Trains For America

More choices for better transportation

Transit and intercity rail at odds in Atlanta

It’s certainly a no-brainer that transit and intercity rail are great bedfellows. Rail service is made more attractive by good transit at its stops, and vice versa. Unfortunately, fixed-guideway transit and rail both need their own right of ways, which can be hard to come by in developed cities. The desire for one particularly attractive guideway has pitted the City of Atlanta against Amtrak and the state’s DOT. Atlanta wants it for its beltline transit project, and Amtrak says it will need the ROW so that any future high-speed rail can connect to a downtown terminus. Jay Bookman of the Atlanta Journal-Constitution:

In brief, here’s the issue: The northeast quadrant of the Beltline, known as the Decatur Belt, is a 4.3-mile piece of railroad right of way formerly run by Norfolk Southern. Running through residential areas and along Piedmont Park, it is the most commercially valuable property on the 22-mile Beltline; the city’s plans for financing the project depend heavily on private investment in that area.

But before the property could be freed for other uses, Norfolk Southern had to get an OK from the U.S. Surface Transportation Board to abandon it as a railway.

The DOT, while supportive of the Beltline, believes that preserving the Decatur Belt as a railway is essential to eventually bringing high-speed rail and commuter rail service into a proposed multimodal station in downtown Atlanta, near the Five Points MARTA station. It also believes that the Beltline property could accommodate all three uses — Beltline, high-speed rail and commuter rail.

So earlier this month, without apparent warning to the city, the DOT filed a last-minute objection with the Surface Transportation Board to try to stop abandonment. If it succeeds, and if Amtrak succeeds in condemning the land, it could kill the Beltline project altogether.

Not sure how I feel about this one. If the railway abandonment was for the purpose of building a parking lot or condos or something, I’d say Amtrak should definitely be able to condemn the ROW. Unfortunately, Atlanta desperately needs better transit, almost as much as the southeast region needs HSR and a good HSR hub, for which Atlanta is the obvious choice. Any thoughts?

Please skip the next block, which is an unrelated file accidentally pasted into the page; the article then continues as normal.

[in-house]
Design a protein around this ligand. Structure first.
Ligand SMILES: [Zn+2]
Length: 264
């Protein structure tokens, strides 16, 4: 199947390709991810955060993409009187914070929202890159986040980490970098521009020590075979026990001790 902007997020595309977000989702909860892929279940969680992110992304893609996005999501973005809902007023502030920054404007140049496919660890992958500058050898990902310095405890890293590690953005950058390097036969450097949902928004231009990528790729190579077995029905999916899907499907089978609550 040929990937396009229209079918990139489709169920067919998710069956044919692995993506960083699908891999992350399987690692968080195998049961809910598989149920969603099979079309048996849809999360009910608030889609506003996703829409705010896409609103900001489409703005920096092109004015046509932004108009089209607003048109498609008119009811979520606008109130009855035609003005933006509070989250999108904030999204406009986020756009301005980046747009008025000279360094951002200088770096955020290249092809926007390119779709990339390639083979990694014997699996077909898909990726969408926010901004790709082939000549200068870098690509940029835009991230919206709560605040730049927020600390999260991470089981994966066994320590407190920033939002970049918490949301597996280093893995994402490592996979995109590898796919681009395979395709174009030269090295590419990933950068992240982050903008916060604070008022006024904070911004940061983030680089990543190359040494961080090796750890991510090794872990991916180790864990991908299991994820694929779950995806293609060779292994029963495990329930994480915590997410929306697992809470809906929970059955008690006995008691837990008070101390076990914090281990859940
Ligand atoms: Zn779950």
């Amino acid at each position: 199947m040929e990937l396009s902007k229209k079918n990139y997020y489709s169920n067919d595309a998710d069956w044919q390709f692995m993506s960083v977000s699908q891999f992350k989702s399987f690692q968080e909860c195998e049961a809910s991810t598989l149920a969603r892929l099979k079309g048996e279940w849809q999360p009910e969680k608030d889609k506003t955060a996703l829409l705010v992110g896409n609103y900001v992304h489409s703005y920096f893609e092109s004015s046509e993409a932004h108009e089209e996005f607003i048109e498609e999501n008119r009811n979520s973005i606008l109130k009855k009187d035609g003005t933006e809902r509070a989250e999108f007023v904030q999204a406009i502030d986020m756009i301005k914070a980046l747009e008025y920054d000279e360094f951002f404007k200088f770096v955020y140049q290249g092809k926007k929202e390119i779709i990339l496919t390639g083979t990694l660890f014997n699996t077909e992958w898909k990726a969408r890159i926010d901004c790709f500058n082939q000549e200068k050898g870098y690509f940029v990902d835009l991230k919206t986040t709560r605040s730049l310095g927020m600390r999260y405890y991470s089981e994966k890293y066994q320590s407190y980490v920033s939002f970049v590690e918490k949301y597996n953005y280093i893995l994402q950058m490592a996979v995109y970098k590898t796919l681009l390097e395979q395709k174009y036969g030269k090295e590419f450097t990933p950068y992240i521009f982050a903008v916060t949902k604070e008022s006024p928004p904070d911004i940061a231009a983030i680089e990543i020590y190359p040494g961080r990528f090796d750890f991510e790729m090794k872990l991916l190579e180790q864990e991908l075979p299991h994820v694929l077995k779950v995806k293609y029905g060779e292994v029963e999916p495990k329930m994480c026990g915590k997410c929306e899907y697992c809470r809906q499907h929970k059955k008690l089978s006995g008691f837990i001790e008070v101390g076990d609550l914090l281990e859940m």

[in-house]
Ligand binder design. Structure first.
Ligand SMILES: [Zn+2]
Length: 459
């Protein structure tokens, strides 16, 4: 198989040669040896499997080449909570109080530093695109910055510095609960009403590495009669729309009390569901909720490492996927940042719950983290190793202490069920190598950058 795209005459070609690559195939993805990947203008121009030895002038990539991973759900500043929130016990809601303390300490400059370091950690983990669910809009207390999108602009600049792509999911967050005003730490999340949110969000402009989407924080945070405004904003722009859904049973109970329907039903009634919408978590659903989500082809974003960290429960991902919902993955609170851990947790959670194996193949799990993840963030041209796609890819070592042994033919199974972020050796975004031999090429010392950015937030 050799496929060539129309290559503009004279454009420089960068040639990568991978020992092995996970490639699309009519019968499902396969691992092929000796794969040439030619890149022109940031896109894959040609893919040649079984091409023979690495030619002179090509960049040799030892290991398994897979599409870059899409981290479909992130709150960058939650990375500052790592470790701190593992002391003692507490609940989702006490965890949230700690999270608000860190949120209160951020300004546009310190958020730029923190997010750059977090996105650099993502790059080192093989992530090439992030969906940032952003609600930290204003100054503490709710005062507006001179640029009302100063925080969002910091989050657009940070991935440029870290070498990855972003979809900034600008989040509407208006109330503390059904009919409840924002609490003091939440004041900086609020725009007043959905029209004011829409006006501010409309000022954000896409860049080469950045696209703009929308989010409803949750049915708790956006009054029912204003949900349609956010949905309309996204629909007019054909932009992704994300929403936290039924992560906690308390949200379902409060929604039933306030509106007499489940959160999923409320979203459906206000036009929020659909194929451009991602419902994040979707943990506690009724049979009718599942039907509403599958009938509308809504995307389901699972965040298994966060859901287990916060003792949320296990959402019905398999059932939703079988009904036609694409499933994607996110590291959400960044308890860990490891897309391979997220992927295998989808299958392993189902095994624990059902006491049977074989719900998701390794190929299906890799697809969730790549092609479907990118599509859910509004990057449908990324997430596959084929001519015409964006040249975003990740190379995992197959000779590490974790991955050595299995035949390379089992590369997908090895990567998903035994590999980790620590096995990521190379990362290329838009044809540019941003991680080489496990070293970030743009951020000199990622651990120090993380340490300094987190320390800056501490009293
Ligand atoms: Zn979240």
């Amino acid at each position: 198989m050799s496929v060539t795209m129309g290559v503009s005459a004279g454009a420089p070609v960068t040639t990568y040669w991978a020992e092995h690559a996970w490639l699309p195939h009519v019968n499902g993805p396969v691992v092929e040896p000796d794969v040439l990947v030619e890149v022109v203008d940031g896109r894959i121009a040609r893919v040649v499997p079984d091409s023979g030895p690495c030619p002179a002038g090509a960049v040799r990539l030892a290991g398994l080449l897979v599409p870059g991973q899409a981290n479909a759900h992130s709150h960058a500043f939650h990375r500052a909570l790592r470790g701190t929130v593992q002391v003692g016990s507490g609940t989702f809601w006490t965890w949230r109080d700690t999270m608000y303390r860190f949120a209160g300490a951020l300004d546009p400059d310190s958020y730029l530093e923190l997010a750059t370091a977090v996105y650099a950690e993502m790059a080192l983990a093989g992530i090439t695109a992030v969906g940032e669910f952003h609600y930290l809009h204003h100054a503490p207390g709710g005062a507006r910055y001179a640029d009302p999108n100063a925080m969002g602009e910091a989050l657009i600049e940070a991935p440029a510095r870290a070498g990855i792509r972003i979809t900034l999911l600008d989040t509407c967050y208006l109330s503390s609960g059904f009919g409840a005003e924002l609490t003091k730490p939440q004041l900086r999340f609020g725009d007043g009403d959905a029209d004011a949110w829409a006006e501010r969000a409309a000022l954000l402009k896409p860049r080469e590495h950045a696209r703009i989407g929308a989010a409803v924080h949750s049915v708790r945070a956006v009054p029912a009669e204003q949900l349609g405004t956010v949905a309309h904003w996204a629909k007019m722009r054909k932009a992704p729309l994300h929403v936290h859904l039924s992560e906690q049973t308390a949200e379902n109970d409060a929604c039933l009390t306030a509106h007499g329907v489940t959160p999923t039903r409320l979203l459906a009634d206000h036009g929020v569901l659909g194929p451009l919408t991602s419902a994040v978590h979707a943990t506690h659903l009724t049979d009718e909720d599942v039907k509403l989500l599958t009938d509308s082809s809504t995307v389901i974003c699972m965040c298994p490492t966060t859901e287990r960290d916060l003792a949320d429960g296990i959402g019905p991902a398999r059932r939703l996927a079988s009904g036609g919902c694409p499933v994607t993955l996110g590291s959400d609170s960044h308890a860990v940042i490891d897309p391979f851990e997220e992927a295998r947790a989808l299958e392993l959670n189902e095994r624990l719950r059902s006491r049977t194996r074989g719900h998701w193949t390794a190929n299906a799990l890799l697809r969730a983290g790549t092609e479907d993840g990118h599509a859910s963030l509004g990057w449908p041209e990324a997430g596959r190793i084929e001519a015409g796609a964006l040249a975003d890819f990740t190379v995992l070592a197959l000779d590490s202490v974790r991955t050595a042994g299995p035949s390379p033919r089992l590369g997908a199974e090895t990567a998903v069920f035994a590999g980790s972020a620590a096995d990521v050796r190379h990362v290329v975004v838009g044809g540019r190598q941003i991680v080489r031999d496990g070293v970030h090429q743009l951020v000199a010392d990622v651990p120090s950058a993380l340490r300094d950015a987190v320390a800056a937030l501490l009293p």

Filed under: Amtrak, United States High Speed Rail,

8 Responses

  1. Scott says:

    I’m going to say that the State should be able to make a final determination — its likely Amtrak will be given more to state funding and state control in the near future, so the state should be able to figure out if they want to have HSR run through there or somewhere else. (under the when not if secnario)

  2. Anonymous says:

    This one is simple. There will never be HSR to Atlanta. Not only do you have to get the GA legislature on board, but worse, you need to get the SC legislature on board. The former is merely a ridiculously hard 20-year Sisyphean task; the latter is impossible. Atlanta should spend its money on the beltline.

  3. netdragon says:

    I don’t see why the 2 can’t share tracks for that stretch. I can imagine the HSR will be slowing down anyway once it reaches decatur.

    I think that should be the temporary solution while alternate alignments for HSR are considered long-term.

  4. jpittam says:

    The issue extends beyond just HSR vs. the BeltLine. Amtrak currently has no funding and no master plan to execute their theoretical HSR line. They also have other alternative routes and options through which to run a high speed line, which means there’s no need to stop the BeltLine. Amtrak has been talking about this since 1995 with no action taken, so when are we supposed to believe that they would take action now?

    Also, the right-of-way through parts of these intown neighborhoods narrows to 40 feet across – hardly enough room for a HSR, a pedestrian-friendly light rail, and a path. The train would also cut through Piedmont Park, one of Atlanta’s greatest assets. Piedmont Park is currently undergoing an expansion to the park’s greenspace and a HSR would sever that section from the rest of the park.

    Not to mention the threat to the preservation of our historic intown neighborhoods. Amtrak has mentioned large sound & safety barrier walls, which are not conducive to bringing neighborhoods and communities together as the BeltLine is prepared to do.

    The BeltLine (in conjunction with other forward-thinking plans in Atlanta) provides a long-term solution to alleviating many of Atlanta’s transportation problems with the added bonus of parks and 33 miles of trails. I’m all for regional transportation, but not at the sacrifice of such a critical project.

  5. brian says:

    tough call…the beltline is needed to make intracity rail in ATL viable, but intercity rail is also lacking. I’d like to hear more about the possibility of sharing the ROW.

  6. Chris G says:

    There is no reason other than politics that they can’t follow Karlsruhe Germany’s example here and mix the two.

    I am really sick and tired of this country’s need to study so many things that are being done successfully elsewhere.

  7. Anonymous says:

    Elevated and surface line to accommodate both.

  8. If experience is any guide…city politics tend to promise great projects while they let the developers nibble the land resources under the radar…and then eventually you learn that, gee whiz!, that potential ROW is now owned by dozens of developers building this and that.

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